His lighthearted, family-friendly image long gone, comedian Bill Cosby is serving a prison sentence of three to ten years at a state correctional institute in Pennsylvania. The sentence came down months after Cosby was convicted of drugging and sexually assaulting a young woman. With good behavior, he'll likely serve only three years.
Sessions has a mixed record on criminal lawmaking, but he may very well take the idea of criminal justice "reform" as getting even tougher on crime.
"[T]he vast majority of federal drug offenders serving outsize sentences are in for low-level, nonviolent crimes, and have no serious history of violence."
There is a law in North Carolina known as "Laura's Law" that increased the possible legal ramifications in some cases of driving while impaired. Enacted in 2011, the law was named after a teenager who was killed in an accident by a driver who was impaired. That driver had previously been convicted of DWI.
People who have led honest, productive lives can get caught up in white collar crimes. Sometimes, the potential for seemingly-easy money is hard to resist. Financial stresses can also lead people to make bad decisions. Some convince themselves that no one is really hurt by their actions.
Did you know that you could be charged with a drug crime even though you never purchased or actually possessed an illegal substance? Police officers and prosecutors rarely care about determining the actual ownership of drugs that are found in a home or vehicle. As a result, many innocent people find themselves facing drug charges for simply being in the wrong place at the wrong time.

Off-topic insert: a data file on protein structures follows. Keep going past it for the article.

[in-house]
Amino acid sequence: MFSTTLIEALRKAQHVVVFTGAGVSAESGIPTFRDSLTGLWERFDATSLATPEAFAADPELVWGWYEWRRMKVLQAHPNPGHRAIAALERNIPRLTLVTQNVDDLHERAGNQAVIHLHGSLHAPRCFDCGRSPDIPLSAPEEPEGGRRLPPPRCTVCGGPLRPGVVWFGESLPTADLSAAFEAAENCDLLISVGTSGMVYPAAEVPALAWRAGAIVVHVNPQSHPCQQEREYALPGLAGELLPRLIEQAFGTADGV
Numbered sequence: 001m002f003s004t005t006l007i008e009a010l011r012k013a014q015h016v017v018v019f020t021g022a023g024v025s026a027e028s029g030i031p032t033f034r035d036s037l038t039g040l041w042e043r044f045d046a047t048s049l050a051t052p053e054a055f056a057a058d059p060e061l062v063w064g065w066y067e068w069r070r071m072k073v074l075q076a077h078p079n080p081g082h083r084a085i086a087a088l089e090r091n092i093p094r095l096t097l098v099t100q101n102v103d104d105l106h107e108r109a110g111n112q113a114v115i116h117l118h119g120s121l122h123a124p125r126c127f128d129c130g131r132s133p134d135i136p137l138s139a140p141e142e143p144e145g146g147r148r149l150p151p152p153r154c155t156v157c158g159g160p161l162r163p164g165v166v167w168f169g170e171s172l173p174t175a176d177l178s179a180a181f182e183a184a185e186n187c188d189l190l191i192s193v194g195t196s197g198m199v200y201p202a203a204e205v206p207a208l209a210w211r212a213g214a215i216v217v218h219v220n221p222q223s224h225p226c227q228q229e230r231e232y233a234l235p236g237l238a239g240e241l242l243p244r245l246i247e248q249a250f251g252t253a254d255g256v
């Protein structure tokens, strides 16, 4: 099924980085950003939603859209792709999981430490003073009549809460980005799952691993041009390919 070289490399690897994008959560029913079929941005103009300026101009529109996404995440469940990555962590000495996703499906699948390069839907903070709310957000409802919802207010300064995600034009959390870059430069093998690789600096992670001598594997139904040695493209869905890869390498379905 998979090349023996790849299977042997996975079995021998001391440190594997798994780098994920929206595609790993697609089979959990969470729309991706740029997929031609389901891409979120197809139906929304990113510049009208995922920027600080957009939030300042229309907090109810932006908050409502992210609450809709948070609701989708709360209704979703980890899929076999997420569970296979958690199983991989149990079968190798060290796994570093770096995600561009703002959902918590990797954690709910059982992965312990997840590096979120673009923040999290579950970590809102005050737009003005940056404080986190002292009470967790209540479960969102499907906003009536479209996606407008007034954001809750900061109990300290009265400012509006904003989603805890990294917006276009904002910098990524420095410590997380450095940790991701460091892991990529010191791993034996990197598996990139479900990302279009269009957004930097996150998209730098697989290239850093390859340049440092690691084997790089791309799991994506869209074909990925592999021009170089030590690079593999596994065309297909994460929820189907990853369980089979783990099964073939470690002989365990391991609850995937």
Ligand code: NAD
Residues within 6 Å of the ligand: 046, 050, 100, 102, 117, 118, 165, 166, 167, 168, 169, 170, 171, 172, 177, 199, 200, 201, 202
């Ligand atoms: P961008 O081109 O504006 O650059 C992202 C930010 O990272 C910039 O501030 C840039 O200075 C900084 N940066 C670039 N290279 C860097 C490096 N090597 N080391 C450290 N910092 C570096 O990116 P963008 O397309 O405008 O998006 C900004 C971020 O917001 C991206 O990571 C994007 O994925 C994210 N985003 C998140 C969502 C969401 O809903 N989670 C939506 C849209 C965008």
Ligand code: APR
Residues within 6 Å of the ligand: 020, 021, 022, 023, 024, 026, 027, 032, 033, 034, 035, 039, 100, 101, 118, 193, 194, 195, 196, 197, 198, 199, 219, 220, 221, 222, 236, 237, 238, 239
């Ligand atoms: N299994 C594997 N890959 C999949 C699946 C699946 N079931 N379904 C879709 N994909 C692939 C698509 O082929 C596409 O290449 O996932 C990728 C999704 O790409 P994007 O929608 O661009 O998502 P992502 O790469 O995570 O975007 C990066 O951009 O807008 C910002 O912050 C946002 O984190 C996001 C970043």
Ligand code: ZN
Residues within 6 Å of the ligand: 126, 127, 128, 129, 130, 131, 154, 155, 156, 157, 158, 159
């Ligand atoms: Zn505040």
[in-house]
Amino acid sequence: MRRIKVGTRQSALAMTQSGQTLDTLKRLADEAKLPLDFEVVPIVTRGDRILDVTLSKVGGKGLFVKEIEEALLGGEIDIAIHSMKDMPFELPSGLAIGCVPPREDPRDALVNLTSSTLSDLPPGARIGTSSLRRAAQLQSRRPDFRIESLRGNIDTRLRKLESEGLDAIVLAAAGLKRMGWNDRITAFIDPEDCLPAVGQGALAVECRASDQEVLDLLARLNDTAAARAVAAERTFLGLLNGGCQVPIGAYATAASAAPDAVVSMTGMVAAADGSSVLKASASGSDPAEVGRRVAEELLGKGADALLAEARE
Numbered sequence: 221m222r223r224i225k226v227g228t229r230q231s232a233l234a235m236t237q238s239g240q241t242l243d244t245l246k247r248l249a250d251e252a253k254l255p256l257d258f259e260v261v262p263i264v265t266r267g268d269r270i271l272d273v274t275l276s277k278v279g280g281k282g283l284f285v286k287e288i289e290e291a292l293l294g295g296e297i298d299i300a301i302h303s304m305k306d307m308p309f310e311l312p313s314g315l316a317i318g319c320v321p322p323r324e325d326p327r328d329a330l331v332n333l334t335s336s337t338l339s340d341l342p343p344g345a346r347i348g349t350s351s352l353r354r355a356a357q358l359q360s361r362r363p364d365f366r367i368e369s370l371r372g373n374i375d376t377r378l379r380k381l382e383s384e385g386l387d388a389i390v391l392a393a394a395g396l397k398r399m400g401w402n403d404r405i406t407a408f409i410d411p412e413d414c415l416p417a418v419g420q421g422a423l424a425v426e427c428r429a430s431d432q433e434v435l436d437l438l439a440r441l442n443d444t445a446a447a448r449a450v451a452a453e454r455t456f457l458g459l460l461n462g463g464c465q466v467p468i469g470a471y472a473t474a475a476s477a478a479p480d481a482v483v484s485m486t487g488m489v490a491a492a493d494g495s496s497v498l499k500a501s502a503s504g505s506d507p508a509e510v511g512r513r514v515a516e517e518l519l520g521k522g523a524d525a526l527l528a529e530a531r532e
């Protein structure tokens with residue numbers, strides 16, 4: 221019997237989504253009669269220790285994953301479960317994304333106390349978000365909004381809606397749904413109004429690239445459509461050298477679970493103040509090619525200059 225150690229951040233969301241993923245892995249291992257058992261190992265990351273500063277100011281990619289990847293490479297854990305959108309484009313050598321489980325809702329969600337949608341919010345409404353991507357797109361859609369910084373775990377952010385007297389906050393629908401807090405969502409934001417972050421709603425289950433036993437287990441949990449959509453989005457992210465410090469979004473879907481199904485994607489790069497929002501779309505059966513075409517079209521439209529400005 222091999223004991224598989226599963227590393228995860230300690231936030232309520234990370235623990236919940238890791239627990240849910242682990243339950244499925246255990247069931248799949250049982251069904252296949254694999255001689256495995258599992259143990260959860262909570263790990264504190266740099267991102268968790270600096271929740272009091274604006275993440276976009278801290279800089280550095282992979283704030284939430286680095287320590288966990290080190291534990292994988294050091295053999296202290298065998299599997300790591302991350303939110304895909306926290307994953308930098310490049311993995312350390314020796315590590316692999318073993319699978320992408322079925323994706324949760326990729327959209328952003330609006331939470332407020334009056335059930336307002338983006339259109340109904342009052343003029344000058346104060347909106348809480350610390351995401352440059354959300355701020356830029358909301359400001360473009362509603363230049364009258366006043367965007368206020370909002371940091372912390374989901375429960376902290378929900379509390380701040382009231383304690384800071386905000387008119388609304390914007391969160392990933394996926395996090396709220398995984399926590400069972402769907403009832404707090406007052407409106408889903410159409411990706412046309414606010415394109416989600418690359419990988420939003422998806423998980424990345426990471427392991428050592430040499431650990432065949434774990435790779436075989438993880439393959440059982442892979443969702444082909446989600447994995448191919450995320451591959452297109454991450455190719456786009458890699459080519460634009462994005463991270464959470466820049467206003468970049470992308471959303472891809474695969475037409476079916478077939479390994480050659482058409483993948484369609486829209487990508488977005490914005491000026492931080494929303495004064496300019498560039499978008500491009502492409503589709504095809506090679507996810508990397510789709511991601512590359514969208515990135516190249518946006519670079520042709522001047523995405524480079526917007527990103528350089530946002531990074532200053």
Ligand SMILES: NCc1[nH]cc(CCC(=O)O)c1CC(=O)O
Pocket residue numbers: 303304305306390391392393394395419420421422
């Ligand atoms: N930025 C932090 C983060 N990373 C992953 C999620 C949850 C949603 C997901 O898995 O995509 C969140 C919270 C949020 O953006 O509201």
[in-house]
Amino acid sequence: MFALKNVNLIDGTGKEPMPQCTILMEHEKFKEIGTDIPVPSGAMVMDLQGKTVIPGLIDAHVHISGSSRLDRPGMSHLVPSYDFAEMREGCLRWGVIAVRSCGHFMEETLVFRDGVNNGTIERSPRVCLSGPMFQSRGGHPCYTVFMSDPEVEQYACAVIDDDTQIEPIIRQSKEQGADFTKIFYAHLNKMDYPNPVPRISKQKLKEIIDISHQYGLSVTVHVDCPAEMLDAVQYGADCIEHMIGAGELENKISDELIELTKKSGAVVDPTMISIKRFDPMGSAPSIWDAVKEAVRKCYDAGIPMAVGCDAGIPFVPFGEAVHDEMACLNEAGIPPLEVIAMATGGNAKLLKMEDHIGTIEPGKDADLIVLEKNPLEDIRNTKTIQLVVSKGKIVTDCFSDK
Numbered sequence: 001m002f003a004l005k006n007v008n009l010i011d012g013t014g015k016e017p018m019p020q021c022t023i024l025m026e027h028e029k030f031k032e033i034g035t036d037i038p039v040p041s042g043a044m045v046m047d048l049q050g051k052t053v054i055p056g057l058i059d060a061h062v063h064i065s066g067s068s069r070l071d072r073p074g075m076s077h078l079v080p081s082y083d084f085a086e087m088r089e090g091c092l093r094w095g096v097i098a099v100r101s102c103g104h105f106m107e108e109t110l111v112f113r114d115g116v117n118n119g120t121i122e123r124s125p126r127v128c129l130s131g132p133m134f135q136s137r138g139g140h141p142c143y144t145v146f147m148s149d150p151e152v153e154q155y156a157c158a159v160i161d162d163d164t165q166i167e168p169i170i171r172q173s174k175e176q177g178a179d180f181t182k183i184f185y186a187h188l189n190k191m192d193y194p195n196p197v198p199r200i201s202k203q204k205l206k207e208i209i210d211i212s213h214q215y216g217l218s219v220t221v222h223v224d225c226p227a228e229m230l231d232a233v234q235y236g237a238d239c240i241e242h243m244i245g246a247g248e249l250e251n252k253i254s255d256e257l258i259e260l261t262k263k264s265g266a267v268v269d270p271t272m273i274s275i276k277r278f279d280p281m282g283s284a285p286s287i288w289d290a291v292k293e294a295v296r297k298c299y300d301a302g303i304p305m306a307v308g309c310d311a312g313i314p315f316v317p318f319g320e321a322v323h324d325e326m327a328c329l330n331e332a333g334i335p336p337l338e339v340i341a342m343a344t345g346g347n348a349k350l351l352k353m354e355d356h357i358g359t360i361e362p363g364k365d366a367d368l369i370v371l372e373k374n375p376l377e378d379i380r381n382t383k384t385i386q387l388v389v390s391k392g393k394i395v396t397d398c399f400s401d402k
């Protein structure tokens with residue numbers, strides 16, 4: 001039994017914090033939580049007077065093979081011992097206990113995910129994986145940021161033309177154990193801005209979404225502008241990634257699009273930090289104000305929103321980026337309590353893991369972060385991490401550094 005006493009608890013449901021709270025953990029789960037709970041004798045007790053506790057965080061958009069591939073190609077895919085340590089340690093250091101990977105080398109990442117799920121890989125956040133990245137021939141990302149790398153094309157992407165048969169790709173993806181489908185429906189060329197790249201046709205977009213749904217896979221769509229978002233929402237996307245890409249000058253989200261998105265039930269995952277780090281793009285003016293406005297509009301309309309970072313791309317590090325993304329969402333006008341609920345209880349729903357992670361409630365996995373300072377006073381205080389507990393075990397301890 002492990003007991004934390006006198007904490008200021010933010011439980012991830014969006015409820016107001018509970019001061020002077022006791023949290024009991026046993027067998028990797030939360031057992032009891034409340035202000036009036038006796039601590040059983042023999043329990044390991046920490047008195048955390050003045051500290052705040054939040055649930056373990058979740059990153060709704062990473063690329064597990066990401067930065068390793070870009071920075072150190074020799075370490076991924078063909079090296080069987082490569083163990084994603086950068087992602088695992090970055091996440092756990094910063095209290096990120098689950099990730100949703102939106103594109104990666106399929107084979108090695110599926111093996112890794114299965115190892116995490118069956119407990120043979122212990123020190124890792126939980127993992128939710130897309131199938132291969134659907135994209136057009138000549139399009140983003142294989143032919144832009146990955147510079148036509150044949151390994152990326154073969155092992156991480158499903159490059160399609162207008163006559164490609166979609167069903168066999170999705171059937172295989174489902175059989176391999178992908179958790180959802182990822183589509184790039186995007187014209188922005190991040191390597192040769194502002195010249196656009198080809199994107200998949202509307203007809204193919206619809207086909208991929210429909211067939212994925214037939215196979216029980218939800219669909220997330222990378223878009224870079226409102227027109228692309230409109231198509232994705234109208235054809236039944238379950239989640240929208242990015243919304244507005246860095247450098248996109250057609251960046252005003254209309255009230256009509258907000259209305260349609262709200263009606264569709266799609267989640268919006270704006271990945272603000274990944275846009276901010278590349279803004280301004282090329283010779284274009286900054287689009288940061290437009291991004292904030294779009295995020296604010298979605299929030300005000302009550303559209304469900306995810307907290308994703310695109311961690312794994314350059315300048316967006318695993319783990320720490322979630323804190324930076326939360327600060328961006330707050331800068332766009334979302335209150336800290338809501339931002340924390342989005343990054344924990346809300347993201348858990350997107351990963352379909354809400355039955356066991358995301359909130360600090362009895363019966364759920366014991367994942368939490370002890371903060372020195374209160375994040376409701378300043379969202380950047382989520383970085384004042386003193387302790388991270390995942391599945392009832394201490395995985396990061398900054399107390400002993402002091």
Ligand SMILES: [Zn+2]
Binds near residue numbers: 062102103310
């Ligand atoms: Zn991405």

If you are facing criminal charges related to a sexually-based offense, whether you are being investigated or have already been arrested and charged, you need an experienced sex crimes defense lawyer. The penalties for sex crimes are harsh, in both the North Carolina criminal justice system and the federal system.
Not everyone will spend their full maximum sentence in a North Carolina prison. In fact, not everyone will spend their full minimum sentence behind bars. North Carolina has created an advanced supervised release program that allows those convicted of certain felony-level offenses to be released from prison before serving a full sentence.
Individuals convicted of a felony offense in North Carolina are sentenced according to the structured sentencing grid for both minimum and maximum penalties, taking into account any prior criminal history. North Carolina law requires that inmates serve at least 100 percent of their minimum sentence. There are certain exceptions to this - watch this blog for information on NC's Advanced Supervised Release (ASR) program.